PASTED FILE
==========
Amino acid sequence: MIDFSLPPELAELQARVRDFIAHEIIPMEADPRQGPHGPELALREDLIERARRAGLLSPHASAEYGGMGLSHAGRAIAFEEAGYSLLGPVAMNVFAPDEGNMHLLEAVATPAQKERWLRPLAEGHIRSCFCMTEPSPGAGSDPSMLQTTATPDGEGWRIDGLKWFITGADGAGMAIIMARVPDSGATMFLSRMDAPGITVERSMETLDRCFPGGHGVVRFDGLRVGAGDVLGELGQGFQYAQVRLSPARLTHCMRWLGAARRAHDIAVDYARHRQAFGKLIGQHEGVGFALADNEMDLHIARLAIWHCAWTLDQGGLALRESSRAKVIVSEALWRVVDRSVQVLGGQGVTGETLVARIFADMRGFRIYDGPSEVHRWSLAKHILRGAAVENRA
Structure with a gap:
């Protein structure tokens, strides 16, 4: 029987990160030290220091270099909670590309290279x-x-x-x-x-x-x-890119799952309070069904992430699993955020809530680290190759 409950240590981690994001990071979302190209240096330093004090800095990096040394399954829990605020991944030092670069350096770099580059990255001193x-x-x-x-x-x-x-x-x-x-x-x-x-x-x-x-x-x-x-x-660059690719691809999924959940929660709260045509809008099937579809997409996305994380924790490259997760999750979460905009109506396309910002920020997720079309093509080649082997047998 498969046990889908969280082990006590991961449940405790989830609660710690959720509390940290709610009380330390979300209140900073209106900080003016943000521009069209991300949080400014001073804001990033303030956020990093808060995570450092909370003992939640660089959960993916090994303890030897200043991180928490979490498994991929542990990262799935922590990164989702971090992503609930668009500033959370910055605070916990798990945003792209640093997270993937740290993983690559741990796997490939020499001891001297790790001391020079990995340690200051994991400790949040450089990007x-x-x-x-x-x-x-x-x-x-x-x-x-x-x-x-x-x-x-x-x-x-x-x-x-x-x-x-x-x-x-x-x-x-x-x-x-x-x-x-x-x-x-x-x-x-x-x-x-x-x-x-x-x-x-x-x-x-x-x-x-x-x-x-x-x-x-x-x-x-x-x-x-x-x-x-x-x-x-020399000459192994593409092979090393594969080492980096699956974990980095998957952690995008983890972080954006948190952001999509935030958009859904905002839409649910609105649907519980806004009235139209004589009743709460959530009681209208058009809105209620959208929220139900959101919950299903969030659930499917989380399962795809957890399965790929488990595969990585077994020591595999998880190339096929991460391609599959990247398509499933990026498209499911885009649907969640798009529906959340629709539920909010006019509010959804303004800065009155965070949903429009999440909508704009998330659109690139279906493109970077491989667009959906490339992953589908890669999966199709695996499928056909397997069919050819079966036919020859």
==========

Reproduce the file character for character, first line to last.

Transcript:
Amino acid sequence: MIDFSLPPELAELQARVRDFIAHEIIPMEADPRQGPHGPELALREDLIERARRAGLLSPHASAEYGGMGLSHAGRAIAFEEAGYSLLGPVAMNVFAPDEGNMHLLEAVATPAQKERWLRPLAEGHIRSCFCMTEPSPGAGSDPSMLQTTATPDGEGWRIDGLKWFITGADGAGMAIIMARVPDSGATMFLSRMDAPGITVERSMETLDRCFPGGHGVVRFDGLRVGAGDVLGELGQGFQYAQVRLSPARLTHCMRWLGAARRAHDIAVDYARHRQAFGKLIGQHEGVGFALADNEMDLHIARLAIWHCAWTLDQGGLALRESSRAKVIVSEALWRVVDRSVQVLGGQGVTGETLVARIFADMRGFRIYDGPSEVHRWSLAKHILRGAAVENRA
Structure with a gap:
């Protein structure tokens, strides 16, 4: 029987990160030290220091270099909670590309290279x-x-x-x-x-x-x-890119799952309070069904992430699993955020809530680290190759 409950240590981690994001990071979302190209240096330093004090800095990096040394399954829990605020991944030092670069350096770099580059990255001193x-x-x-x-x-x-x-x-x-x-x-x-x-x-x-x-x-x-x-x-660059690719691809999924959940929660709260045509809008099937579809997409996305994380924790490259997760999750979460905009109506396309910002920020997720079309093509080649082997047998 498969046990889908969280082990006590991961449940405790989830609660710690959720509390940290709610009380330390979300209140900073209106900080003016943000521009069209991300949080400014001073804001990033303030956020990093808060995570450092909370003992939640660089959960993916090994303890030897200043991180928490979490498994991929542990990262799935922590990164989702971090992503609930668009500033959370910055605070916990798990945003792209640093997270993937740290993983690559741990796997490939020499001891001297790790001391020079990995340690200051994991400790949040450089990007x-x-x-x-x-x-x-x-x-x-x-x-x-x-x-x-x-x-x-x-x-x-x-x-x-x-x-x-x-x-x-x-x-x-x-x-x-x-x-x-x-x-x-x-x-x-x-x-x-x-x-x-x-x-x-x-x-x-x-x-x-x-x-x-x-x-x-x-x-x-x-x-x-x-x-x-x-x-x-020399000459192994593409092979090393594969080492980096699956974990980095998957952690995008983890972080954006948190952001999509935030958009859904905002839409649910609105649907519980806004009235139209004589009743709460959530009681209208058009809105209620959208929220139900959101919950299903969030659930499917989380399962795809957890399965790929488990595969990585077994020591595999998880190339096929991460391609599959990247398509499933990026498209499911885009649907969640798009529906959340629709539920909010006019509010959804303004800065009155965070949903429009999440909508704009998330659109690139279906493109970077491989667009959906490339992953589908890669999966199709695996499928056909397997069919050819079966036919020859």